There’s nothing quite like making a splash on the art scene and Mark Cohen did that by announcing his presence to the world in 1973 with a solo exhibition at the Museum of Modern Art (MOMA).
It staked out his claim to be the new king of street photography and his ability to progress the scene from its 60s heritage into the modern era.
Why We Love Grim Street
There’s nothing better than street photography that captures an era of a place and this is Americana writ large.
Cohen is every bit as influential as Robert Frank or Weegee and deservedly so.
Each image in this collection is somehow confrontational and yet, respectful and serene.
He says that this was his “grab shots” portfolio, by which he means photos taken on the spur of the moment in the streets of his home town, Wilkes-Barre.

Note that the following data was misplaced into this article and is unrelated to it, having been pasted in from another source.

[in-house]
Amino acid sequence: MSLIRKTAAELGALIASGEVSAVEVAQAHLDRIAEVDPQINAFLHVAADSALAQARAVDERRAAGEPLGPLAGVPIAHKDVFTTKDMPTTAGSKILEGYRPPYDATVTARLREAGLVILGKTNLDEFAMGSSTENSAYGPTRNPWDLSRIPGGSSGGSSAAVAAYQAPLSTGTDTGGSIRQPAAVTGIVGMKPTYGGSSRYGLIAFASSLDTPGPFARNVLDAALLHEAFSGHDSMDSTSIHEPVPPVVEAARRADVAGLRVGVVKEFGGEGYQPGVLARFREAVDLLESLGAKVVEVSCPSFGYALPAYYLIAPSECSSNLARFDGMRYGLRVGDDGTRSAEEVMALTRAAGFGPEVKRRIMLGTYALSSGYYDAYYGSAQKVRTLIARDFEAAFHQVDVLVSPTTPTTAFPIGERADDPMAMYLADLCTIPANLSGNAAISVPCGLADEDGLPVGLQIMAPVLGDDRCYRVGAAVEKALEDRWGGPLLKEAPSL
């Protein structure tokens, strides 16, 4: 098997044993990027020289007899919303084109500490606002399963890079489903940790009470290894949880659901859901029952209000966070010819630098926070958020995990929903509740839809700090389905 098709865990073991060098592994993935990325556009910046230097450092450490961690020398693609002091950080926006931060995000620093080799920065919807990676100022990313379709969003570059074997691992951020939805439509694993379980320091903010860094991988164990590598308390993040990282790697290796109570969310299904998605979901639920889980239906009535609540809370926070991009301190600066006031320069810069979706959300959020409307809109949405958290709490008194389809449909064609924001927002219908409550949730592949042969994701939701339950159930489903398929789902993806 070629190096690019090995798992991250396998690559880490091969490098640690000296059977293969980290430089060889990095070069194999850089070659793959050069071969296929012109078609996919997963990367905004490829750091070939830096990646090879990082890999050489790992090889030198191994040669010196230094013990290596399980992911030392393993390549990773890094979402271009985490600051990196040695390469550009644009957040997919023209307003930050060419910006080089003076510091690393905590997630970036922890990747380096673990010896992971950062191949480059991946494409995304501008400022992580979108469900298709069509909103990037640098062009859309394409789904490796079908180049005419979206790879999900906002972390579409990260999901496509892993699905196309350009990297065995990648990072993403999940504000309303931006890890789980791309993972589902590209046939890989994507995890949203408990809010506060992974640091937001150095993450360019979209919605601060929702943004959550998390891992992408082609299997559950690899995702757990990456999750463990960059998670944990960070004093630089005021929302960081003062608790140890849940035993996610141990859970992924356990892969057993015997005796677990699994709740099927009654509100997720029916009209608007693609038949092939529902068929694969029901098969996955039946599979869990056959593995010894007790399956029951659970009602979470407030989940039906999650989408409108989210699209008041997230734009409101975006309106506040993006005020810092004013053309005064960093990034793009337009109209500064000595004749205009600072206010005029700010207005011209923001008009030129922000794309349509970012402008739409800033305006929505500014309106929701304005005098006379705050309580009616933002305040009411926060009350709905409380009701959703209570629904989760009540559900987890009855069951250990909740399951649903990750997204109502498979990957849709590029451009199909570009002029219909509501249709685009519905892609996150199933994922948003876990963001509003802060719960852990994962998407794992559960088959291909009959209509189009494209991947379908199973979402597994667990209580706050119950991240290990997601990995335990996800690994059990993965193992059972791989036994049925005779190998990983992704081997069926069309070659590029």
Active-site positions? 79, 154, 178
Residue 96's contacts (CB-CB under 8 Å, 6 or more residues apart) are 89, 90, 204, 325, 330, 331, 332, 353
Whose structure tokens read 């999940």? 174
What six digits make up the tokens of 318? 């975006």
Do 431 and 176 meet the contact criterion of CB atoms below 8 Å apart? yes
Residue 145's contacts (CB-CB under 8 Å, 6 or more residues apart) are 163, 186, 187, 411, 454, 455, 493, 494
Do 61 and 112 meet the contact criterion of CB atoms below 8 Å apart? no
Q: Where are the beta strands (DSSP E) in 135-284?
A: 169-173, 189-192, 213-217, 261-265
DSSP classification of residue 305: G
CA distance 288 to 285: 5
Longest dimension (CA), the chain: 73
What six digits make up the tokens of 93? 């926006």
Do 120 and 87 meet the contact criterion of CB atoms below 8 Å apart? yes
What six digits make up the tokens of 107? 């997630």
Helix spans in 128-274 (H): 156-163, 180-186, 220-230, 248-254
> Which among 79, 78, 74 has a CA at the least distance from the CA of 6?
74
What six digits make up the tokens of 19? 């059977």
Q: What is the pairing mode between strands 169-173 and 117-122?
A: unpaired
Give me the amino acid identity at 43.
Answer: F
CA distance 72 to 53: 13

It’s fantastic how much humanity and connection this brings to every photograph.
Final Thoughts On Grim Street
If you’re looking to develop your street photography or just want to admire the work of a master, Grim Street is essential reading and for everybody else? It’s highly recommended.
Not all streets are grim, though some are in Vivian Maier: Street Photographer, Bruce Davidson’s Subway and Jeff Mermelstein’s Sidewalk.
You can grab a copy online here.